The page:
Monthly Archives: October 2007

Metro party tonight

It’s a bit last-minute, but a metro party is being planned on Halloween night (tonight).

The plan is to get on the last car at the Côte-Vertu metro at 9pm, in costume, and rock on all the way to Montmorency, 48 minutes away. (Don’t worry, you can get back free as long as you don’t leave through the turnstiles.)

Those of you interested can check out the Facebook page.

And if you have no idea what a “metro party” is, check out my recap of the one that happened in March.

Don’t expect this one to be as popular though, since it’s organized last-minute and a lot of people (including me) will be busy doing other things.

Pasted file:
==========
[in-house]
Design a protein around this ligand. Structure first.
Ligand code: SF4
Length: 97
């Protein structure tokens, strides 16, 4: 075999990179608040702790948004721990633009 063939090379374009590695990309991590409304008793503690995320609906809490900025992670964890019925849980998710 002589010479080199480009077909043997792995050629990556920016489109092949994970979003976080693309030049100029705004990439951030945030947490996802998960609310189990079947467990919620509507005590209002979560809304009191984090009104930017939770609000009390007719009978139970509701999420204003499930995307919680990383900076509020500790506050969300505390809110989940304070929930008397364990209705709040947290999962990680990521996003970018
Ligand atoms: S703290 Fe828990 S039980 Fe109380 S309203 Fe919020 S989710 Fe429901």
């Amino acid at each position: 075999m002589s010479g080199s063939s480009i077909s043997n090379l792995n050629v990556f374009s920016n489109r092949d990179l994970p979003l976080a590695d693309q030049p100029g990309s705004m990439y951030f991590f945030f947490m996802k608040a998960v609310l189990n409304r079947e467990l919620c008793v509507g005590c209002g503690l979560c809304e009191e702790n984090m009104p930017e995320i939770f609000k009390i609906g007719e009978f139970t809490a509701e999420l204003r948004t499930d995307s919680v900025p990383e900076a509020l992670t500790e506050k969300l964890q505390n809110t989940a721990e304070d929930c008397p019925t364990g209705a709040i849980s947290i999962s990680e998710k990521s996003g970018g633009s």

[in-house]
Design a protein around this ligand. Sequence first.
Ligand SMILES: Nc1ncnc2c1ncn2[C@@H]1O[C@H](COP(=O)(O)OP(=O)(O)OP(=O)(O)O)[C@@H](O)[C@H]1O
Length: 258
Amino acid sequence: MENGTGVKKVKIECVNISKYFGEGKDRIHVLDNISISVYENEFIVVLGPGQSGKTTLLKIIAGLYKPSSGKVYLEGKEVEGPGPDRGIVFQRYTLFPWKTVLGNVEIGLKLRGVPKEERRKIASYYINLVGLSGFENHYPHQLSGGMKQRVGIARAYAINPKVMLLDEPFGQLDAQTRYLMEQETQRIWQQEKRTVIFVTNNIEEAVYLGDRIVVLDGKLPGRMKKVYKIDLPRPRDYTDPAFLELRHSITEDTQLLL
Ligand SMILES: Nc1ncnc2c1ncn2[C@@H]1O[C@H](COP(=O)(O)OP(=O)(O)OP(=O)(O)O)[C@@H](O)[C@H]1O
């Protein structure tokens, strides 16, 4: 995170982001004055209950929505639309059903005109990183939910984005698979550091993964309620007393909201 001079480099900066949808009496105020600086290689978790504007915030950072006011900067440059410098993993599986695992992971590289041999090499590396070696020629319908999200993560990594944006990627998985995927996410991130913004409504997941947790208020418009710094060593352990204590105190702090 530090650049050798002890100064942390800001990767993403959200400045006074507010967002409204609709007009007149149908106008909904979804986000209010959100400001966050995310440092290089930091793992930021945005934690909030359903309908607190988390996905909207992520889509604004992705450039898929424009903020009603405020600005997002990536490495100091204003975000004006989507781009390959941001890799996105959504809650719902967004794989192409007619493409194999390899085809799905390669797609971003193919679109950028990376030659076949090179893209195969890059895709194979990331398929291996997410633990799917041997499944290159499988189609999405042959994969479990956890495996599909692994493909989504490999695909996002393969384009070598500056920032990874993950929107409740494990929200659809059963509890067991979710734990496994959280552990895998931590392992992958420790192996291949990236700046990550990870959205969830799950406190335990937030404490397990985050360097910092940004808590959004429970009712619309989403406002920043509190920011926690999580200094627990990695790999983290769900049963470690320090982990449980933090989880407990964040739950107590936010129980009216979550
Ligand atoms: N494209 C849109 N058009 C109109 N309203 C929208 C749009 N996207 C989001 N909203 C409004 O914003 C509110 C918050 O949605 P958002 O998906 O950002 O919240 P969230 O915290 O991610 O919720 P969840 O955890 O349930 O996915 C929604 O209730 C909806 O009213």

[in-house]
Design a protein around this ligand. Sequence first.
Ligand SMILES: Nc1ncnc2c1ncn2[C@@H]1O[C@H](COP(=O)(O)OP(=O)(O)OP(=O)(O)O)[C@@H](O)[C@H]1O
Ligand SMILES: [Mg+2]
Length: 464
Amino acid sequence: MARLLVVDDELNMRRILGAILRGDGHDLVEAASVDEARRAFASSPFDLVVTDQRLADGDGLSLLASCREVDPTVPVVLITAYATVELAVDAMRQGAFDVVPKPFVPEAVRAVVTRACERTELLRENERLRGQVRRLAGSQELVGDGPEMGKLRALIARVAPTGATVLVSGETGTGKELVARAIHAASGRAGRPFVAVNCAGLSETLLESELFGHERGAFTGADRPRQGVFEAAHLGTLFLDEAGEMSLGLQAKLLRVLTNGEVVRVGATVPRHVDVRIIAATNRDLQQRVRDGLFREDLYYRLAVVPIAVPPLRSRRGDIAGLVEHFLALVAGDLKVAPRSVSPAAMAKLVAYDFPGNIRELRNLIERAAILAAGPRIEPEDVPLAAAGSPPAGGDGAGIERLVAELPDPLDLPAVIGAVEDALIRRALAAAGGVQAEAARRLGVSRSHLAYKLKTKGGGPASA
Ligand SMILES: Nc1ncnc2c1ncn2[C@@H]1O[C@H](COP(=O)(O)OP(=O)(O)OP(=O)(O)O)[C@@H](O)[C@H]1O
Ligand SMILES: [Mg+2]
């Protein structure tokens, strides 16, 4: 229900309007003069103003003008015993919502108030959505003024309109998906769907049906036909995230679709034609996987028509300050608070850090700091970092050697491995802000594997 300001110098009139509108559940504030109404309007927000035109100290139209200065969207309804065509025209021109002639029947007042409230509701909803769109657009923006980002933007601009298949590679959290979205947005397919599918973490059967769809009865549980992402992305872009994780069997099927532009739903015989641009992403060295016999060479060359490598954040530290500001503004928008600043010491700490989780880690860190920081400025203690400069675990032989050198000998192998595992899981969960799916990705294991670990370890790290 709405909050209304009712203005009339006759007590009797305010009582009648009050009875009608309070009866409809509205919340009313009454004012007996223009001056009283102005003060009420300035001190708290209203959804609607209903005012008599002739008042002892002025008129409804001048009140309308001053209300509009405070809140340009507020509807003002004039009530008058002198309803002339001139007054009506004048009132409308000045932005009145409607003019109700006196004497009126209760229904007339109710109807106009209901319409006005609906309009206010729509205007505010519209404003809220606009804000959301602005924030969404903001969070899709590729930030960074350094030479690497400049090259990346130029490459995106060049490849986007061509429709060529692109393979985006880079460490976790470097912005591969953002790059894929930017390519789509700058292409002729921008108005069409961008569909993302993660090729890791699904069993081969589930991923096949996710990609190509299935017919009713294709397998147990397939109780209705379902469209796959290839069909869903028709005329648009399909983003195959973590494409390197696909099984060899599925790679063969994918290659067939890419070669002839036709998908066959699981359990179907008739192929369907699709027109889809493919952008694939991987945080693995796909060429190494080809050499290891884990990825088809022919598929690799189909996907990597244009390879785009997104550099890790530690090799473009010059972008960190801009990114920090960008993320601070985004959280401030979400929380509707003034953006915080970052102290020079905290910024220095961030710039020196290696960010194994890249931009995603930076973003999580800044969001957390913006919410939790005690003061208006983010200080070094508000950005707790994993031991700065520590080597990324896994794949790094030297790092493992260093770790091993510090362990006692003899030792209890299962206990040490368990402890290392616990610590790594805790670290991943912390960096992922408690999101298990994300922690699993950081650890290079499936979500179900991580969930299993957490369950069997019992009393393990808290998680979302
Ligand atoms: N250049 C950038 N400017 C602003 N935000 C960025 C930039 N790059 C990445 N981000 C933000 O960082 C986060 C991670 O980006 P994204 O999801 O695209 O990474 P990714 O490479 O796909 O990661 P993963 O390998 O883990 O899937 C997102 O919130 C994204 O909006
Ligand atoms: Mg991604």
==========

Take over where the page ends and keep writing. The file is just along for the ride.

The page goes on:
UPDATE: Looks like it went pretty well, judging from this photo by Alex D:

Metro party

The sister party on the Toronto subway also seems to have been well-attended.

Let’s hope the next one will be soon.

UPDATE (Nov. 22): A video of the party.

TQS about to get even crappier


TQS, the least-favourite of Quebec’s three french-language TV networks, is cutting 40 jobs across the province to get costs under control. With about 600 employees, that represents about 7% of their workforce.

It’s the same old story: Mainstream media, stocked up on vice-presidents and lots of overhead for journalistic operations, respond to their escalating costs by cutting journalists. The quality drops significantly, people tune out, and the spiral continues.